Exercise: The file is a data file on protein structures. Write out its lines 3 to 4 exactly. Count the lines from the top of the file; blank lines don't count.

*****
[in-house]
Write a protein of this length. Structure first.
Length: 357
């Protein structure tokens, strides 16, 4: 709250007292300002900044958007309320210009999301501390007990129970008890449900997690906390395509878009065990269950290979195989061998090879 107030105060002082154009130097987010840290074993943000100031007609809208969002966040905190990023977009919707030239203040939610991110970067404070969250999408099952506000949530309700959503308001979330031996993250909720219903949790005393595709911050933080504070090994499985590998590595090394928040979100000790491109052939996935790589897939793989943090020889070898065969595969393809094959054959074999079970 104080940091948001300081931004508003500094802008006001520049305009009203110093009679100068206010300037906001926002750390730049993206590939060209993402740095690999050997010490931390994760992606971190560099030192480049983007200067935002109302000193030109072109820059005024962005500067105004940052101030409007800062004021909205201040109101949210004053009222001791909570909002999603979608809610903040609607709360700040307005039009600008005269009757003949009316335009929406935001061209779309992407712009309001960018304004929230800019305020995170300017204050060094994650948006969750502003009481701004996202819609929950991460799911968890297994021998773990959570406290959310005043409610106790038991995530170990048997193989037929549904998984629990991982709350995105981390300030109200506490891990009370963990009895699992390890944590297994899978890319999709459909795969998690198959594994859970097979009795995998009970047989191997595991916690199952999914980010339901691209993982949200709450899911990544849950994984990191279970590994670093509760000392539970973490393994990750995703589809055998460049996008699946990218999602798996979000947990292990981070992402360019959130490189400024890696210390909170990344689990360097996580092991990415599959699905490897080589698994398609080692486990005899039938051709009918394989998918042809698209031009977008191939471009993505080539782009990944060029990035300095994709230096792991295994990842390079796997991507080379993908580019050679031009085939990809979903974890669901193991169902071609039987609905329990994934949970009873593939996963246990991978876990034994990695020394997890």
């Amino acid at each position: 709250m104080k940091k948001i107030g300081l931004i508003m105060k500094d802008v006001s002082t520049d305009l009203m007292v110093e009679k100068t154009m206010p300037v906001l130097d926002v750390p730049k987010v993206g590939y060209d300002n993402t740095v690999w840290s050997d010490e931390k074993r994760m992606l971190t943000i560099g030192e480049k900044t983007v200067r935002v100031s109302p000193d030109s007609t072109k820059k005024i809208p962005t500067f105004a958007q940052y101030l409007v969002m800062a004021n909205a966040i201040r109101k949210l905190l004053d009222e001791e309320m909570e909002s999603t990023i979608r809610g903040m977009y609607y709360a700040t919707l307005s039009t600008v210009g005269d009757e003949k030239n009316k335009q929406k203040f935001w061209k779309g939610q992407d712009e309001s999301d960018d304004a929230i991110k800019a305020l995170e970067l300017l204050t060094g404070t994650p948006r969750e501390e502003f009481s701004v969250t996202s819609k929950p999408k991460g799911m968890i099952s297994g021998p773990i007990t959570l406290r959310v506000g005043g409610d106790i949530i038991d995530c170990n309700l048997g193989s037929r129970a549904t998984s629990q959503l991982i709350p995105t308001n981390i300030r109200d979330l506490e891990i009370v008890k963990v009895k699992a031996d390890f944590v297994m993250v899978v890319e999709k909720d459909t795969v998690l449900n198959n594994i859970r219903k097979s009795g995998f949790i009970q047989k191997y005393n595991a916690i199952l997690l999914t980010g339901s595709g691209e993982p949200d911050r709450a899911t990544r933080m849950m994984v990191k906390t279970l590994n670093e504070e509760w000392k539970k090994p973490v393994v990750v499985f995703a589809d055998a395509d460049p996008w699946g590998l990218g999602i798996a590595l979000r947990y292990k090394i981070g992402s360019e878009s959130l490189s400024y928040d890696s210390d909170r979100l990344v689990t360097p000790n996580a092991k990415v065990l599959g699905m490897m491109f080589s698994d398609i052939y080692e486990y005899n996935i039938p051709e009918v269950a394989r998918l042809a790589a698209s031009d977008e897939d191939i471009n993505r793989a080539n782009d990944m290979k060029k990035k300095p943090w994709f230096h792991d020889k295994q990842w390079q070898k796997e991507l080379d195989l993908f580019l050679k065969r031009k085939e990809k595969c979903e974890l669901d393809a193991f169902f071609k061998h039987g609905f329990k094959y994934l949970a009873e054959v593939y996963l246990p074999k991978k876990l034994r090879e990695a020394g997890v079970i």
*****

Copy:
Length: 357
């Protein structure tokens, strides 16, 4: 709250007292300002900044958007309320210009999301501390007990129970008890449900997690906390395509878009065990269950290979195989061998090879 107030105060002082154009130097987010840290074993943000100031007609809208969002966040905190990023977009919707030239203040939610991110970067404070969250999408099952506000949530309700959503308001979330031996993250909720219903949790005393595709911050933080504070090994499985590998590595090394928040979100000790491109052939996935790589897939793989943090020889070898065969595969393809094959054959074999079970 104080940091948001300081931004508003500094802008006001520049305009009203110093009679100068206010300037906001926002750390730049993206590939060209993402740095690999050997010490931390994760992606971190560099030192480049983007200067935002109302000193030109072109820059005024962005500067105004940052101030409007800062004021909205201040109101949210004053009222001791909570909002999603979608809610903040609607709360700040307005039009600008005269009757003949009316335009929406935001061209779309992407712009309001960018304004929230800019305020995170300017204050060094994650948006969750502003009481701004996202819609929950991460799911968890297994021998773990959570406290959310005043409610106790038991995530170990048997193989037929549904998984629990991982709350995105981390300030109200506490891990009370963990009895699992390890944590297994899978890319999709459909795969998690198959594994859970097979009795995998009970047989191997595991916690199952999914980010339901691209993982949200709450899911990544849950994984990191279970590994670093509760000392539970973490393994990750995703589809055998460049996008699946990218999602798996979000947990292990981070992402360019959130490189400024890696210390909170990344689990360097996580092991990415599959699905490897080589698994398609080692486990005899039938051709009918394989998918042809698209031009977008191939471009993505080539782009990944060029990035300095994709230096792991295994990842390079796997991507080379993908580019050679031009085939990809979903974890669901193991169902071609039987609905329990994934949970009873593939996963246990991978876990034994990695020394997890």